Carleton The ATLAS Group

Top Analysis

The top quark, first discovered at the Tevatron in 1995, is by far the heaviest of the known fundamental particles in the so-called Standard Model of Particle Physics. A consequence of the top quark's large mass (roughly equivalent to that of an entire gold atom!) is that it has the strongest coupling of all such particles to the recently discovered Higgs Boson, the particle believed to be responsible for the mass of fundamental particles.  As such, a good understanding of the properties of the top quark is necessary in order to best interpret and further study the properties of the Higgs Boson.   Furthermore, any attempts to search for sources of disagreement between data and predictions made by the Standard Model theory could also first manifest themselves in deviations from predicted values in top quark analyses, making top physics a very exciting area of research in collider physics!

With the large center of mass energies available at the LHC, the proton-proton accelerator is often referred to as a top quark factory, producing millions of top quark pairs in a year.  In fact, during peak of the the 2012 data-taking period the LHC produced more than one top-antitop quark pair every second at the centre of the ATLAS detector!  Because the top quark decays so quickly, it cannot be directly observed; physicists must 'reconstruct' top quark candidates, by searching for and recombining what are believed to have been its decay products.  In fact, there is more than one single final 'signature' (collection of final 'pieces' into which the top quarks decay) that one can look for when reconstructing top quark candidates, and each such decay signature or 'decay channel' offers its own advantages and disadvantages.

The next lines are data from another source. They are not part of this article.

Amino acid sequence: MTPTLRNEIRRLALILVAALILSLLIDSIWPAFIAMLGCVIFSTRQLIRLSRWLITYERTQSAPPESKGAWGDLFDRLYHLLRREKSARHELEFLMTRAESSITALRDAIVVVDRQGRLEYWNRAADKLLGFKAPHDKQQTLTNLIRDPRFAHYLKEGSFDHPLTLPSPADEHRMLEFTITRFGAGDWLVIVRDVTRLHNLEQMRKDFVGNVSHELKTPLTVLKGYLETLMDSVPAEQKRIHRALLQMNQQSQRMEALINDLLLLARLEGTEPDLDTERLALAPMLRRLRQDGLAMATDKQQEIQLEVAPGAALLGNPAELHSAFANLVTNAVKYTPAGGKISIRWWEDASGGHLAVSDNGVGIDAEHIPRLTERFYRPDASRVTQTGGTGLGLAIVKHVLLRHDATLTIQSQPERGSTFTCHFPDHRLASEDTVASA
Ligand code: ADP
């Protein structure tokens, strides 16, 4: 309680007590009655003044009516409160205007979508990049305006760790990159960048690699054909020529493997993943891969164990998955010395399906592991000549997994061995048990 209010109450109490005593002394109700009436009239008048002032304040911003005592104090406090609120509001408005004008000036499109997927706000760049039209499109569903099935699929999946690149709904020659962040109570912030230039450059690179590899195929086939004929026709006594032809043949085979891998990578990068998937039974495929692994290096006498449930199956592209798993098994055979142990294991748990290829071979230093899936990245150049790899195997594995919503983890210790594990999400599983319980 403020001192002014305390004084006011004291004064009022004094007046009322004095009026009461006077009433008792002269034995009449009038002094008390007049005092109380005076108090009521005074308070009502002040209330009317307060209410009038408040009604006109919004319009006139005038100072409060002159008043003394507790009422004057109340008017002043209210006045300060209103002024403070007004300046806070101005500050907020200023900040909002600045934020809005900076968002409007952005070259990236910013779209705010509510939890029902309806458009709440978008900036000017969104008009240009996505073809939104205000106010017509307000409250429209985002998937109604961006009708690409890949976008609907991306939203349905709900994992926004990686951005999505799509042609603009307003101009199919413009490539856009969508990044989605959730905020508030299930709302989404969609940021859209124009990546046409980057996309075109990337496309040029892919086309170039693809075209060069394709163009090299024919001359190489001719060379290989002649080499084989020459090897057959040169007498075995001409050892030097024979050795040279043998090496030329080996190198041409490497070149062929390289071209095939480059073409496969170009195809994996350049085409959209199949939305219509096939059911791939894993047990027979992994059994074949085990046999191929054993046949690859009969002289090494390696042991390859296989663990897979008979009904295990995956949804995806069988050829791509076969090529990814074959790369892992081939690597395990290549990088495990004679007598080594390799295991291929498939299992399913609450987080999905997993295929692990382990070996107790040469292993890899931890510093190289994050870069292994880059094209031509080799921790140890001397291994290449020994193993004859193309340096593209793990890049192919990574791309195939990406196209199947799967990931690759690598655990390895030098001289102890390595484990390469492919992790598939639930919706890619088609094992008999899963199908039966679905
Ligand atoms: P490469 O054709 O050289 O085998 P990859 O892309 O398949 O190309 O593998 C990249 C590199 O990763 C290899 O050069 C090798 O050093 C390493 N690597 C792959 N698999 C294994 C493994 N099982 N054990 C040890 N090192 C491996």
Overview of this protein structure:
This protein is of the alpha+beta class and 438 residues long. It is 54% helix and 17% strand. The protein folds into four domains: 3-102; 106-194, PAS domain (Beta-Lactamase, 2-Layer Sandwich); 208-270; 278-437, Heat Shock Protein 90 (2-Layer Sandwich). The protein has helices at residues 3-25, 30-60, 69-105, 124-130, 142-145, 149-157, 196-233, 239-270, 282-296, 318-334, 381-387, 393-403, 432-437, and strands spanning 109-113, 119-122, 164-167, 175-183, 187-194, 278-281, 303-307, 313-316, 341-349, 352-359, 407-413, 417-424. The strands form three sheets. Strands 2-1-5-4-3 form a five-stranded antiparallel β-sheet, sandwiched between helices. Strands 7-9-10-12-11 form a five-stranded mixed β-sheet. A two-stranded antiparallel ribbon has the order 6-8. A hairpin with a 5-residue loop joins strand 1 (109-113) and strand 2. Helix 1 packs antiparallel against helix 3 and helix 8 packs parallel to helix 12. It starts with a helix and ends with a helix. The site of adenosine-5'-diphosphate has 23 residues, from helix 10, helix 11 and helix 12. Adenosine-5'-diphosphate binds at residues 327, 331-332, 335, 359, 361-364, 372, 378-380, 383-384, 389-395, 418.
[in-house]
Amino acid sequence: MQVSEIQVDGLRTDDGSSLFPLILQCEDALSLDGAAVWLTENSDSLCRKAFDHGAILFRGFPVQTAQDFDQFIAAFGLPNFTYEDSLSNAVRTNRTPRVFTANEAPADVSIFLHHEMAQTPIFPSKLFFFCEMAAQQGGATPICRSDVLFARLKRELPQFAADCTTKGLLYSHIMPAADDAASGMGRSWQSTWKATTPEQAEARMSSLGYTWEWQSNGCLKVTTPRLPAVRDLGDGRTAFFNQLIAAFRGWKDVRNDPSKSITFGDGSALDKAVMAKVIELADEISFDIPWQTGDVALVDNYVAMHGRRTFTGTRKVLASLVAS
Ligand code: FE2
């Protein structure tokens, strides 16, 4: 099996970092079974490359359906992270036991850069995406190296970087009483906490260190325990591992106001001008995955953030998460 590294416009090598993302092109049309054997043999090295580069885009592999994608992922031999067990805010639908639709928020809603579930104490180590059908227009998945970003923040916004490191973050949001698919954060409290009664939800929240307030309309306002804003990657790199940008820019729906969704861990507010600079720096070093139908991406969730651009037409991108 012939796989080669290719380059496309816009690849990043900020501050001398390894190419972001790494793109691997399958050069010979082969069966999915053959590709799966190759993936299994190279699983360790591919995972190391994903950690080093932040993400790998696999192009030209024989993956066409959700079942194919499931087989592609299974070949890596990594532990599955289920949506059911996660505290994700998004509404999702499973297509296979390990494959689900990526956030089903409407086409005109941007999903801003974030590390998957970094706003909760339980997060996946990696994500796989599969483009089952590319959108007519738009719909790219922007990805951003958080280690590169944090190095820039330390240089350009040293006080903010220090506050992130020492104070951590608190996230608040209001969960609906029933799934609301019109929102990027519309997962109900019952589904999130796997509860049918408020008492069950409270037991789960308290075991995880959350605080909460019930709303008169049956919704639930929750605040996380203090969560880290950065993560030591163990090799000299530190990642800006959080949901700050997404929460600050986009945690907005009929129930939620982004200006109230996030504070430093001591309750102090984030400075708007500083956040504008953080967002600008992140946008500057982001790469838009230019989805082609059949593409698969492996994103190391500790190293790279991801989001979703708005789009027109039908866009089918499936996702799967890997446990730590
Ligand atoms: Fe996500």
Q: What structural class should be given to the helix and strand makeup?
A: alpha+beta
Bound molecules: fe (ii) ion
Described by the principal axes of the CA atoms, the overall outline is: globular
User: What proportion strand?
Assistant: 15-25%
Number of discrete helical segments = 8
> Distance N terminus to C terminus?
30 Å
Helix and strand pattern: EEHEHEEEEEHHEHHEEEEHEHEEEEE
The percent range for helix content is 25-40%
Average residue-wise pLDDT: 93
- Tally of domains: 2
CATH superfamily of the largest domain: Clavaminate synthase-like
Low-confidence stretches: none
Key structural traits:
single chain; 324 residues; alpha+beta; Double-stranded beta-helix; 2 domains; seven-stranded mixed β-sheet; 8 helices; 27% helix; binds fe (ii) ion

At Carleton, where physicists work together with colleagues at the Max Planck Institute for Particle Physics in Munich, Germany, the top quark mass is being measured in the so-called 'all-hadronic channel', meaning that the final signature consists of six quarks - two bottom quarks and four lighter quarks (up, down, strange and charm quarks).  The quarks themselves manifest themselves as high-energy, collimated sprays of particles, referred to as 'jets', which are then recombined to build the top quark candidates themselves.  One of the greatest challenges in this channel is the fact that there are many other processes which can fake such a signal, and as such one must counter (and well model) the significant QCD multi-jet background before one can hope to make a precision measurement of the top quark mass, let alone observe any peak on top of the overwhelmingly large and formidable background.

It is important to note that analyses involving top quark physics rely on a very solid understanding of all aspects of the detector, in particular the detector's calorimeter system - an area in which the Carleton ATLAS group has contributed, and continues to contribute, in a very significant way.